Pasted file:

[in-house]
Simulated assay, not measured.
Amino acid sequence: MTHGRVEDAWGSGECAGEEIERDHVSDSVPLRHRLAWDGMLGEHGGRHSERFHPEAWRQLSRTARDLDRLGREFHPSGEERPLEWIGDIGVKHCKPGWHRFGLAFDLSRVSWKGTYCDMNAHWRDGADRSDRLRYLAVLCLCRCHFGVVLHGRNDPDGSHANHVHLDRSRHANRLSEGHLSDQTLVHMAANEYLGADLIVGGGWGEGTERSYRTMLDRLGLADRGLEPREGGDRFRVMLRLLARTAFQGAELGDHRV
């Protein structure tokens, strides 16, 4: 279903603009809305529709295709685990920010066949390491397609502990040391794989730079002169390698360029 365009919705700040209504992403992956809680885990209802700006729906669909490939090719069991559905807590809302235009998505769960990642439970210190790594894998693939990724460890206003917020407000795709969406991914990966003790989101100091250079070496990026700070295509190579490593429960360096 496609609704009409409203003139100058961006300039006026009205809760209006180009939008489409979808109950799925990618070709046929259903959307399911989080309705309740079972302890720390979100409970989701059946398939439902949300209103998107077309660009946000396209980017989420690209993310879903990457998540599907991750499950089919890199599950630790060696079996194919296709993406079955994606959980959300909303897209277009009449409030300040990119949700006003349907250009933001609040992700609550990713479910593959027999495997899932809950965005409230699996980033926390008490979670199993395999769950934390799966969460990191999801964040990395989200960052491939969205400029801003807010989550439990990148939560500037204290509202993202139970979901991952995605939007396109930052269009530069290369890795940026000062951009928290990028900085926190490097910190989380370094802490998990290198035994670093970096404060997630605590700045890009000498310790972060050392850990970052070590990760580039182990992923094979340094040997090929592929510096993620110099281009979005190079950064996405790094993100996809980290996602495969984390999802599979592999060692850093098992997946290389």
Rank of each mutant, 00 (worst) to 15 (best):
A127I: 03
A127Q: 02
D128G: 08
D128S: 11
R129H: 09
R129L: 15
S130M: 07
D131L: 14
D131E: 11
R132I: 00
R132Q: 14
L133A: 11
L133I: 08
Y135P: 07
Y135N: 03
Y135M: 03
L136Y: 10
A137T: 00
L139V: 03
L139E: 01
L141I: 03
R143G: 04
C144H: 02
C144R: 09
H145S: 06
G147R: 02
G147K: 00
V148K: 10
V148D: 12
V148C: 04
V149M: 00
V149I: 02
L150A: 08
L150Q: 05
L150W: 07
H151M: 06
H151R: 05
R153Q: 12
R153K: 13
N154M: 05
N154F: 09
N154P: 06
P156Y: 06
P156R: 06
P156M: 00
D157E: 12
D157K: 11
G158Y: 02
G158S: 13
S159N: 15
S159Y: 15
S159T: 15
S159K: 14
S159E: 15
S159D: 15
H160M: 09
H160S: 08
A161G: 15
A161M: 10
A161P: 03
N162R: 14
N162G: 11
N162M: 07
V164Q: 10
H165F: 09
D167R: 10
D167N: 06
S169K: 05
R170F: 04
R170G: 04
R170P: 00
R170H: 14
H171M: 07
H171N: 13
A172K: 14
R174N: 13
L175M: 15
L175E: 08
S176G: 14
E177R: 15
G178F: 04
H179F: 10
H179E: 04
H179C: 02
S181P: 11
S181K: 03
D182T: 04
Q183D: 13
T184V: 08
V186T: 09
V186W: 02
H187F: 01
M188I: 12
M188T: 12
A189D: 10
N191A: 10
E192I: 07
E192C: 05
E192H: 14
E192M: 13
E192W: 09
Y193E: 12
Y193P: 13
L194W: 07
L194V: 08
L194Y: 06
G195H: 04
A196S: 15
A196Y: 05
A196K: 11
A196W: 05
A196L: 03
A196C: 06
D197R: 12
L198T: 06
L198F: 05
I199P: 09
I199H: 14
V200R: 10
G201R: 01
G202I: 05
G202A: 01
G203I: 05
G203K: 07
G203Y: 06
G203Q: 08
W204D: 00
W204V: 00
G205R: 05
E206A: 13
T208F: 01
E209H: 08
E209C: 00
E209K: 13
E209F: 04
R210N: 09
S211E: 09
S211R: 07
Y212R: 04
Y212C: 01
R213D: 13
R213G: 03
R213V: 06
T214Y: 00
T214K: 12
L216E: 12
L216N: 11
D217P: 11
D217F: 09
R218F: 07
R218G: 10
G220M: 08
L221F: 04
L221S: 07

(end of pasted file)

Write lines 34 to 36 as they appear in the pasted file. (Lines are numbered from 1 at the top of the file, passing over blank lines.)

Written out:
V148D: 12
V148C: 04
V149M: 00